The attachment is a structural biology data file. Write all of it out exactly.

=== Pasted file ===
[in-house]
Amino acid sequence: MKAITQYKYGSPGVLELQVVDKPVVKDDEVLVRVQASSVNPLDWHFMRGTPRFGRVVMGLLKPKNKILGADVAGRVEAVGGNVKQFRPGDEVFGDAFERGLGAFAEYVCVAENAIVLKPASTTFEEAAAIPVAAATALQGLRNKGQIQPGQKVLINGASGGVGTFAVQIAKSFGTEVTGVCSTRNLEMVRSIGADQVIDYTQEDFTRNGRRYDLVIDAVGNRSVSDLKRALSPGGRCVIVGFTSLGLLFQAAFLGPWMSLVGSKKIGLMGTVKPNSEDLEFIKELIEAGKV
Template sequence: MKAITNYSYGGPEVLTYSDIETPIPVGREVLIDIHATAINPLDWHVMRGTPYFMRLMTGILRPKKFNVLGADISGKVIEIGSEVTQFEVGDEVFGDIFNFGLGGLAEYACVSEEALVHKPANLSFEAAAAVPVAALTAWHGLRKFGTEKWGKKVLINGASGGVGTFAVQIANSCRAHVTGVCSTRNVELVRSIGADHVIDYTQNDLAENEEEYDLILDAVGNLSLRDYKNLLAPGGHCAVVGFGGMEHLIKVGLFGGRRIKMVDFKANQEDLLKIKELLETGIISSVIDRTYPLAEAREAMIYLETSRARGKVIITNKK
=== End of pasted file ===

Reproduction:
[in-house]
Amino acid sequence: MKAITQYKYGSPGVLELQVVDKPVVKDDEVLVRVQASSVNPLDWHFMRGTPRFGRVVMGLLKPKNKILGADVAGRVEAVGGNVKQFRPGDEVFGDAFERGLGAFAEYVCVAENAIVLKPASTTFEEAAAIPVAAATALQGLRNKGQIQPGQKVLINGASGGVGTFAVQIAKSFGTEVTGVCSTRNLEMVRSIGADQVIDYTQEDFTRNGRRYDLVIDAVGNRSVSDLKRALSPGGRCVIVGFTSLGLLFQAAFLGPWMSLVGSKKIGLMGTVKPNSEDLEFIKELIEAGKV
Template sequence: MKAITNYSYGGPEVLTYSDIETPIPVGREVLIDIHATAINPLDWHVMRGTPYFMRLMTGILRPKKFNVLGADISGKVIEIGSEVTQFEVGDEVFGDIFNFGLGGLAEYACVSEEALVHKPANLSFEAAAAVPVAALTAWHGLRKFGTEKWGKKVLINGASGGVGTFAVQIANSCRAHVTGVCSTRNVELVRSIGADHVIDYTQNDLAENEEEYDLILDAVGNLSLRDYKNLLAPGGHCAVVGFGGMEHLIKVGLFGGRRIKMVDFKANQEDLLKIKELLETGIISSVIDRTYPLAEAREAMIYLETSRARGKVIITNKK